During a surge of speculative investors believing

the prior decade, the U.S. stock market underwent a rapid escalation, with a
surge of speculative investors believing the bull market had no end. The
sentiment was excessive, with ‘unrealistic exuberance’ driving opportunists into
the market. The buyer overhang shifted the demand curve right, resulting in
share prices skyrocketing. The bull sentiment and crazy greed ran out of steam
in August 1929, when it reached its peak. Greed had blinded many to the fact
that the fundamentals had already turned. Production had already started its decline
and consequently unemployment was rising. This meant that the increasing share
prices had outstripped the companies’ real values. These initial fundamental
red flags helped to promote further declines in wages, increasing interest
rates, a flood of debt, a struggling agricultural sector and an excess of large
bank loans that could not be rectified.

Share prices
had begun to decline in September 1929, with the real fall only manifesting in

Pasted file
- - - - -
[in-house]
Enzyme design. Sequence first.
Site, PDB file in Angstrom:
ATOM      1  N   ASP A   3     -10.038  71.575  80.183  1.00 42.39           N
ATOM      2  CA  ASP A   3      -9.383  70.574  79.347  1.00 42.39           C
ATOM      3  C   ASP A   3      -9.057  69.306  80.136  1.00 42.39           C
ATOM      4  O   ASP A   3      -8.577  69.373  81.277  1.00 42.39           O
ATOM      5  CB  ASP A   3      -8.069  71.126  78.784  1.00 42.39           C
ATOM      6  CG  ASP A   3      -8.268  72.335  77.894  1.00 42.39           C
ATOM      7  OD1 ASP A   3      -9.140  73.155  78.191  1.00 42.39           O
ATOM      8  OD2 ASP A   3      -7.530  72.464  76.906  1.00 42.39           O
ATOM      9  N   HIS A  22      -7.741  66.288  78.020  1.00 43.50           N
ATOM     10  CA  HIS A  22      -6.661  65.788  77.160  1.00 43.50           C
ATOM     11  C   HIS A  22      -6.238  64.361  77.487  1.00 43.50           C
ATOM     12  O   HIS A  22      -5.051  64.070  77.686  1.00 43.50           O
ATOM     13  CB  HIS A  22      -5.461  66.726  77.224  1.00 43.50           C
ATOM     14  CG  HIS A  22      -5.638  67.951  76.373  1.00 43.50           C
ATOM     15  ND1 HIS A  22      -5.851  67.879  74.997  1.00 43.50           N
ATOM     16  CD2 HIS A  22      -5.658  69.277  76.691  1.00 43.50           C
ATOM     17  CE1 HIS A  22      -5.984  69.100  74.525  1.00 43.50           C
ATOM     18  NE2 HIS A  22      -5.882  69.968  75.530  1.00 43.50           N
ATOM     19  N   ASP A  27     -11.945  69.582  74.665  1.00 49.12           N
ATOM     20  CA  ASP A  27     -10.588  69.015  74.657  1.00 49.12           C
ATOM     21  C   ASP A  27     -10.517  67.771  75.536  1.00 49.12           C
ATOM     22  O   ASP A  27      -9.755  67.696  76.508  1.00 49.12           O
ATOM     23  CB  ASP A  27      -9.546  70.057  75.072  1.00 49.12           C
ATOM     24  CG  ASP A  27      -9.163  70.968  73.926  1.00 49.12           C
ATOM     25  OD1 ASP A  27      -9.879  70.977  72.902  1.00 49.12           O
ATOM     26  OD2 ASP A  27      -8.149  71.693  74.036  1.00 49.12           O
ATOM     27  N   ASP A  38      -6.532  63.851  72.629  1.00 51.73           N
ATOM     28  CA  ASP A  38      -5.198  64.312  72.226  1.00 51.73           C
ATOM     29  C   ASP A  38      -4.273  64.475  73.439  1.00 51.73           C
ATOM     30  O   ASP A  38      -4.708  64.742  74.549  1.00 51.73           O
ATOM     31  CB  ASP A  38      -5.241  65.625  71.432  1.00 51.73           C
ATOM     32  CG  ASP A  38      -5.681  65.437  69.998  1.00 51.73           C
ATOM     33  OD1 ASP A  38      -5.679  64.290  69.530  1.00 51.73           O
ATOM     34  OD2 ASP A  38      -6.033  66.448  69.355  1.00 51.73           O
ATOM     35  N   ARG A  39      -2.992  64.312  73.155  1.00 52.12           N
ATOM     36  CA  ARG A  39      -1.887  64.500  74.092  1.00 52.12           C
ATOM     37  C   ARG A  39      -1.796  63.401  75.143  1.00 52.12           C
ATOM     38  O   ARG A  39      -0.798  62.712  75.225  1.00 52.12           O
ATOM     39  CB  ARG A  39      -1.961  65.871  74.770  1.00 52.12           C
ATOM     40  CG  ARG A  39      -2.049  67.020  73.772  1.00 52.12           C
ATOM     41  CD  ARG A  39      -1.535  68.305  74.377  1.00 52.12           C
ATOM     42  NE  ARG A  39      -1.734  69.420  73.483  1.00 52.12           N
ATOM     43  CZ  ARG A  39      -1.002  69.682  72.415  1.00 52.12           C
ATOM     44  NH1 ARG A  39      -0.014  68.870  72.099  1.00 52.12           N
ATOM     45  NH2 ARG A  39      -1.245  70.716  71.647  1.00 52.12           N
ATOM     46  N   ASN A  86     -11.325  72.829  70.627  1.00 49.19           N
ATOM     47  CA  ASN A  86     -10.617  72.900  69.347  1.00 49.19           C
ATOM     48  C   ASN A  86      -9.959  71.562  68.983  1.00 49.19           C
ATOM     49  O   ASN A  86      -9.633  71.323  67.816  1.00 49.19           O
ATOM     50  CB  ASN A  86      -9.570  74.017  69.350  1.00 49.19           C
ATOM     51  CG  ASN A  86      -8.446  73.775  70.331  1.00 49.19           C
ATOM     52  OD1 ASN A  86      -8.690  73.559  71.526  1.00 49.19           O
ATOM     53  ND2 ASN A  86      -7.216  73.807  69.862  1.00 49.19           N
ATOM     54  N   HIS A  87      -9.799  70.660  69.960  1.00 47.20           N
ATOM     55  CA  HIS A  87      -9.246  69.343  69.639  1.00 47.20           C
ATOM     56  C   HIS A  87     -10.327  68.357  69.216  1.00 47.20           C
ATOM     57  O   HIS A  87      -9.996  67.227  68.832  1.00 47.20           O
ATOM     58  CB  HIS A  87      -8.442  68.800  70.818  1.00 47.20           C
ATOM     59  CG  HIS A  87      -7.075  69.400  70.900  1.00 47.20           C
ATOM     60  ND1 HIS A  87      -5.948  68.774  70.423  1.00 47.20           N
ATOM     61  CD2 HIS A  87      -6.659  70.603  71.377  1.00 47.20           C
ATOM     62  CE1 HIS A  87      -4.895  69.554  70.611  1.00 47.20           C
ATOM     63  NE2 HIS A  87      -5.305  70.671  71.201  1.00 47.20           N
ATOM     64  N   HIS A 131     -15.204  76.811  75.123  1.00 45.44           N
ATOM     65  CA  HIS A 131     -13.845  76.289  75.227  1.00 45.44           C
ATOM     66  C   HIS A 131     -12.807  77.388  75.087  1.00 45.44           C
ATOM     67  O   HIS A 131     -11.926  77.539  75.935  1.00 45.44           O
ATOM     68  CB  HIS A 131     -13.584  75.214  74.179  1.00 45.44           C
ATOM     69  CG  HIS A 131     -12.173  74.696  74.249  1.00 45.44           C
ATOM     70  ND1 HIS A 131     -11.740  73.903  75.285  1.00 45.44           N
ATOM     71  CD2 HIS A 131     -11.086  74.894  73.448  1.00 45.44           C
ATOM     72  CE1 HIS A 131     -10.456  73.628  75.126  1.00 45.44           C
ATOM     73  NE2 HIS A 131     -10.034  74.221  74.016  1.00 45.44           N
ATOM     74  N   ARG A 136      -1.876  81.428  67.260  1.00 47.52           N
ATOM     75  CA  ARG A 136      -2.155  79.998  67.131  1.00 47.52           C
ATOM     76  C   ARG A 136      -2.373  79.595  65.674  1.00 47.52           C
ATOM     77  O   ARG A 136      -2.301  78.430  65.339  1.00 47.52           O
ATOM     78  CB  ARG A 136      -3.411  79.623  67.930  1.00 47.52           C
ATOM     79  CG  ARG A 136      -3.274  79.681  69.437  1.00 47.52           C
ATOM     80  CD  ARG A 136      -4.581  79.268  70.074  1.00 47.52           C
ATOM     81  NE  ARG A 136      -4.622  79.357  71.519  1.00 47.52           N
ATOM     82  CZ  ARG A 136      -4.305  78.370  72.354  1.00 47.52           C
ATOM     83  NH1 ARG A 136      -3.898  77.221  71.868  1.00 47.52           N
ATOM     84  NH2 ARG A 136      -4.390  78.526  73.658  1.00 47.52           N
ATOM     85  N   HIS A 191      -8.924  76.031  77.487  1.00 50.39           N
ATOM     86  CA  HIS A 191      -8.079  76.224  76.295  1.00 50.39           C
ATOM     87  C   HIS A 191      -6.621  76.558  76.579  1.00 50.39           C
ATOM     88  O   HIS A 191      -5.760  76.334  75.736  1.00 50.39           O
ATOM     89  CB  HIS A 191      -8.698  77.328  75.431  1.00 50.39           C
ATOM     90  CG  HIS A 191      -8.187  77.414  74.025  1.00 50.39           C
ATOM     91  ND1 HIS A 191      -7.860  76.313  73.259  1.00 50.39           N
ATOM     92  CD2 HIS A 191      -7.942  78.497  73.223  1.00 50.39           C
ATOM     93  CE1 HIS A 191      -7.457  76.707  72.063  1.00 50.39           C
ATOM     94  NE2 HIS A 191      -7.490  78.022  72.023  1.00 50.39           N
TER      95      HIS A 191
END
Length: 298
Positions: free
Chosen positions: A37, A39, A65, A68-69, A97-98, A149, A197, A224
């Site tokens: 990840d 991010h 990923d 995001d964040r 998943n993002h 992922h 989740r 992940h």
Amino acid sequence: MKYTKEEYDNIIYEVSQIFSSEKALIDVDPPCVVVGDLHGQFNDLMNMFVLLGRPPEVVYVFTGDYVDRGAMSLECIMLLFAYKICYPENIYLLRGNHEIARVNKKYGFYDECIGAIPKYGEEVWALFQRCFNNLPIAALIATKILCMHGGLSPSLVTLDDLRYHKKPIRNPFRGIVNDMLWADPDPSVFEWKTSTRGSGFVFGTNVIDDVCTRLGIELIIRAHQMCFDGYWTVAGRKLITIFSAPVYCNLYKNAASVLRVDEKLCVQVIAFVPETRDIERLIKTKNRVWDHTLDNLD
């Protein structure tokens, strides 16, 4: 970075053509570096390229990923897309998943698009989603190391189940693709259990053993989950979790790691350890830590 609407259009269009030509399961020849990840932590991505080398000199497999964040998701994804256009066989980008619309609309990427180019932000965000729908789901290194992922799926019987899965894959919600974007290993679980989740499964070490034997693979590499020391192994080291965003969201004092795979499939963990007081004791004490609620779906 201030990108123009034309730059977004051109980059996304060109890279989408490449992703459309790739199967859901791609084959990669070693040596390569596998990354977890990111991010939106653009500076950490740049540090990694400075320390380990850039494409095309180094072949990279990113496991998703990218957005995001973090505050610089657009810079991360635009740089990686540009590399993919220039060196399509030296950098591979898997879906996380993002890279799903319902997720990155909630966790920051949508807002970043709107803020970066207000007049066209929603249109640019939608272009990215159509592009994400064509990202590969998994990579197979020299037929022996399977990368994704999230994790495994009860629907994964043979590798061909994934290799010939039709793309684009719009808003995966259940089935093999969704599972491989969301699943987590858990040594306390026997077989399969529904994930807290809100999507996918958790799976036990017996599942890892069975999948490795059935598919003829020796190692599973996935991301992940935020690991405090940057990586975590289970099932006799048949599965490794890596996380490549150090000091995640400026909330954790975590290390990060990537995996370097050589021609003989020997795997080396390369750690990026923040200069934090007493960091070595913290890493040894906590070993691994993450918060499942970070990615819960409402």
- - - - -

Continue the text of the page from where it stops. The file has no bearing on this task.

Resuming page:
October 1929. On Black Thursday, the 24th October 1929, a record 12.89
million shares were traded as panic set in. On Friday, the 25th
October 1929, investment companies and leading bankers sought to stabilise the
market by buying up huge chunks of shares, and generated a moderate rally.
However, on Monday, 28th October 1929, referred to as Black Monday,
the market started to go into free-fall. On Black Tuesday, the 29th
October 1929, New York Stock Exchange share prices collapsed completely under
the deluge of selling, and a new record of 16.4 million shares traded on that
single day. The market capitalisation of the declined H1 by billions of
dollars, and thousands of investors (institutional and private) were wiped out.
The share price tickers ran hours behind, adding to the panic, as the exchange
and stock broker’s machinery could not handle the record volumes. By 1932 shares were
worth only about 20% of their value prior to October 1929.
By 1933, nearly half of America’s banks had failed, and unemployment was
approaching 15 million people, or 30% of their workforce.

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To add to the panic and risk, the markets and
market infrastructure were unsophisticated. Information about markets and
securities was slow in reaching investors, and the securities trading prices
(on the ticker tape) were not reflective of the information and activity around the
security. Additionally, the lack of market controls, regulatory oversight,
accounting standards and the like, intensified the perception that investing
was a form of gambling, best suited to the affluent and elite.

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